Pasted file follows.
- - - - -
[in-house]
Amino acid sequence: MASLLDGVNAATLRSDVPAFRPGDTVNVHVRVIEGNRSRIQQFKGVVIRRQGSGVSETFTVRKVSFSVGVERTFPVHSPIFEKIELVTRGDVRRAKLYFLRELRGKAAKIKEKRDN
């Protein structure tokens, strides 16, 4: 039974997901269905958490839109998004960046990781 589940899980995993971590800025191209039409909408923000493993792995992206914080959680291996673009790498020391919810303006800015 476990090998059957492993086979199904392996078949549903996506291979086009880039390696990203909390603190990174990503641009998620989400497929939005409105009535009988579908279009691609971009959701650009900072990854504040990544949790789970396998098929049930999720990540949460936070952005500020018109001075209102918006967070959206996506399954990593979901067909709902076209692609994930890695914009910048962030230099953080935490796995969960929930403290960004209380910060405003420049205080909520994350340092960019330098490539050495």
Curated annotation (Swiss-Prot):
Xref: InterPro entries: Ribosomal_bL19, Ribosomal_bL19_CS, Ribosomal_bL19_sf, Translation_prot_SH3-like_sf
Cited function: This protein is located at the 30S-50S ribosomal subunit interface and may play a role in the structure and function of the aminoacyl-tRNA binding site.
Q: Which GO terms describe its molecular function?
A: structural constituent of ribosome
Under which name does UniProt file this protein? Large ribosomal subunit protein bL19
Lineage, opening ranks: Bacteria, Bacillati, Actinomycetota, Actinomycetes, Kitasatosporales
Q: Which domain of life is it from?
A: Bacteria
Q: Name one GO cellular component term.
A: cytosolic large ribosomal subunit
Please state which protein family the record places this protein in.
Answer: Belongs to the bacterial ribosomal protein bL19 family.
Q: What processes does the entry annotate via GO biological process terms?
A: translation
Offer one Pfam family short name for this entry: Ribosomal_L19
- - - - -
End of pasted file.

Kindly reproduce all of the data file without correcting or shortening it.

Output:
[in-house]
Amino acid sequence: MASLLDGVNAATLRSDVPAFRPGDTVNVHVRVIEGNRSRIQQFKGVVIRRQGSGVSETFTVRKVSFSVGVERTFPVHSPIFEKIELVTRGDVRRAKLYFLRELRGKAAKIKEKRDN
């Protein structure tokens, strides 16, 4: 039974997901269905958490839109998004960046990781 589940899980995993971590800025191209039409909408923000493993792995992206914080959680291996673009790498020391919810303006800015 476990090998059957492993086979199904392996078949549903996506291979086009880039390696990203909390603190990174990503641009998620989400497929939005409105009535009988579908279009691609971009959701650009900072990854504040990544949790789970396998098929049930999720990540949460936070952005500020018109001075209102918006967070959206996506399954990593979901067909709902076209692609994930890695914009910048962030230099953080935490796995969960929930403290960004209380910060405003420049205080909520994350340092960019330098490539050495």
Curated annotation (Swiss-Prot):
Xref: InterPro entries: Ribosomal_bL19, Ribosomal_bL19_CS, Ribosomal_bL19_sf, Translation_prot_SH3-like_sf
Cited function: This protein is located at the 30S-50S ribosomal subunit interface and may play a role in the structure and function of the aminoacyl-tRNA binding site.
Q: Which GO terms describe its molecular function?
A: structural constituent of ribosome
Under which name does UniProt file this protein? Large ribosomal subunit protein bL19
Lineage, opening ranks: Bacteria, Bacillati, Actinomycetota, Actinomycetes, Kitasatosporales
Q: Which domain of life is it from?
A: Bacteria
Q: Name one GO cellular component term.
A: cytosolic large ribosomal subunit
Please state which protein family the record places this protein in.
Answer: Belongs to the bacterial ribosomal protein bL19 family.
Q: What processes does the entry annotate via GO biological process terms?
A: translation
Offer one Pfam family short name for this entry: Ribosomal_L19